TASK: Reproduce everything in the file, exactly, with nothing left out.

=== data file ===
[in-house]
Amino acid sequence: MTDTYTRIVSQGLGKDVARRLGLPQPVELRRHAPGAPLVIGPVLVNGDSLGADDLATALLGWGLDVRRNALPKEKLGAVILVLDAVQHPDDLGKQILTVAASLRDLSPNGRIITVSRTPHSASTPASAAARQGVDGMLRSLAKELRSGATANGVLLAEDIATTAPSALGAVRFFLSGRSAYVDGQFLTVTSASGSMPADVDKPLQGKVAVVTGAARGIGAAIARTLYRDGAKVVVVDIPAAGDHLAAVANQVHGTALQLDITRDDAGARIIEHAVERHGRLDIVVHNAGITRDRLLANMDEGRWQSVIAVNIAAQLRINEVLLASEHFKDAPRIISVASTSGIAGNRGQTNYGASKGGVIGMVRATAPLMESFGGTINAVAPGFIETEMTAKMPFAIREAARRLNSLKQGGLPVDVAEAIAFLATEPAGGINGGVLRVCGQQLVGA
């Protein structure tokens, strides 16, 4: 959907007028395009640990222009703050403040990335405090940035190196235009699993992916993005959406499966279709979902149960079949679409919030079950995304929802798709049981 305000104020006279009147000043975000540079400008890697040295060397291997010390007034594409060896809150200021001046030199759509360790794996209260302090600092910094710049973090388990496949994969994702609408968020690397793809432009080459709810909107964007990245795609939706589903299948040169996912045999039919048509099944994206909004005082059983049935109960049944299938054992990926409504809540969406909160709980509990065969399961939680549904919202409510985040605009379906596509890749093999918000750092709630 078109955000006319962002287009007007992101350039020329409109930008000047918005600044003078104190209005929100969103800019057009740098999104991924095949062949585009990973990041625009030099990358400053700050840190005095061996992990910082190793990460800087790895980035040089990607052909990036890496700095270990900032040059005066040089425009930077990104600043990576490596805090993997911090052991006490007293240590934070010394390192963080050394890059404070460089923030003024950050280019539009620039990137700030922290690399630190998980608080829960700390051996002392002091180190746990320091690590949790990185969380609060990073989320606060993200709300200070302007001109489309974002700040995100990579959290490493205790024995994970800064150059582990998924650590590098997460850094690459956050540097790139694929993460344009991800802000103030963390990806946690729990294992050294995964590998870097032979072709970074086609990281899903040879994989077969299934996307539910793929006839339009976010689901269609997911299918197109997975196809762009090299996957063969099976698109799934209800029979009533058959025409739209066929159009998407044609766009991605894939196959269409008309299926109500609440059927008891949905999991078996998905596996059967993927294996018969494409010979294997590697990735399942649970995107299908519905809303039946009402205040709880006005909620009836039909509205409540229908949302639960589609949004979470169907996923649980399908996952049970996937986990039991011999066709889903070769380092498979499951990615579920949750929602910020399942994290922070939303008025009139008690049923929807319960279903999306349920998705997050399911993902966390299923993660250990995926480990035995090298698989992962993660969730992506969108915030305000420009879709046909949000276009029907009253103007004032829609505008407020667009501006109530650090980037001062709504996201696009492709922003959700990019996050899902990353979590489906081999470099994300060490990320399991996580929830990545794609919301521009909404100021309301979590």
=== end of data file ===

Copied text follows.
[in-house]
Amino acid sequence: MTDTYTRIVSQGLGKDVARRLGLPQPVELRRHAPGAPLVIGPVLVNGDSLGADDLATALLGWGLDVRRNALPKEKLGAVILVLDAVQHPDDLGKQILTVAASLRDLSPNGRIITVSRTPHSASTPASAAARQGVDGMLRSLAKELRSGATANGVLLAEDIATTAPSALGAVRFFLSGRSAYVDGQFLTVTSASGSMPADVDKPLQGKVAVVTGAARGIGAAIARTLYRDGAKVVVVDIPAAGDHLAAVANQVHGTALQLDITRDDAGARIIEHAVERHGRLDIVVHNAGITRDRLLANMDEGRWQSVIAVNIAAQLRINEVLLASEHFKDAPRIISVASTSGIAGNRGQTNYGASKGGVIGMVRATAPLMESFGGTINAVAPGFIETEMTAKMPFAIREAARRLNSLKQGGLPVDVAEAIAFLATEPAGGINGGVLRVCGQQLVGA
């Protein structure tokens, strides 16, 4: 959907007028395009640990222009703050403040990335405090940035190196235009699993992916993005959406499966279709979902149960079949679409919030079950995304929802798709049981 305000104020006279009147000043975000540079400008890697040295060397291997010390007034594409060896809150200021001046030199759509360790794996209260302090600092910094710049973090388990496949994969994702609408968020690397793809432009080459709810909107964007990245795609939706589903299948040169996912045999039919048509099944994206909004005082059983049935109960049944299938054992990926409504809540969406909160709980509990065969399961939680549904919202409510985040605009379906596509890749093999918000750092709630 078109955000006319962002287009007007992101350039020329409109930008000047918005600044003078104190209005929100969103800019057009740098999104991924095949062949585009990973990041625009030099990358400053700050840190005095061996992990910082190793990460800087790895980035040089990607052909990036890496700095270990900032040059005066040089425009930077990104600043990576490596805090993997911090052991006490007293240590934070010394390192963080050394890059404070460089923030003024950050280019539009620039990137700030922290690399630190998980608080829960700390051996002392002091180190746990320091690590949790990185969380609060990073989320606060993200709300200070302007001109489309974002700040995100990579959290490493205790024995994970800064150059582990998924650590590098997460850094690459956050540097790139694929993460344009991800802000103030963390990806946690729990294992050294995964590998870097032979072709970074086609990281899903040879994989077969299934996307539910793929006839339009976010689901269609997911299918197109997975196809762009090299996957063969099976698109799934209800029979009533058959025409739209066929159009998407044609766009991605894939196959269409008309299926109500609440059927008891949905999991078996998905596996059967993927294996018969494409010979294997590697990735399942649970995107299908519905809303039946009402205040709880006005909620009836039909509205409540229908949302639960589609949004979470169907996923649980399908996952049970996937986990039991011999066709889903070769380092498979499951990615579920949750929602910020399942994290922070939303008025009139008690049923929807319960279903999306349920998705997050399911993902966390299923993660250990995926480990035995090298698989992962993660969730992506969108915030305000420009879709046909949000276009029907009253103007004032829609505008407020667009501006109530650090980037001062709504996201696009492709922003959700990019996050899902990353979590489906081999470099994300060490990320399991996580929830990545794609919301521009909404100021309301979590």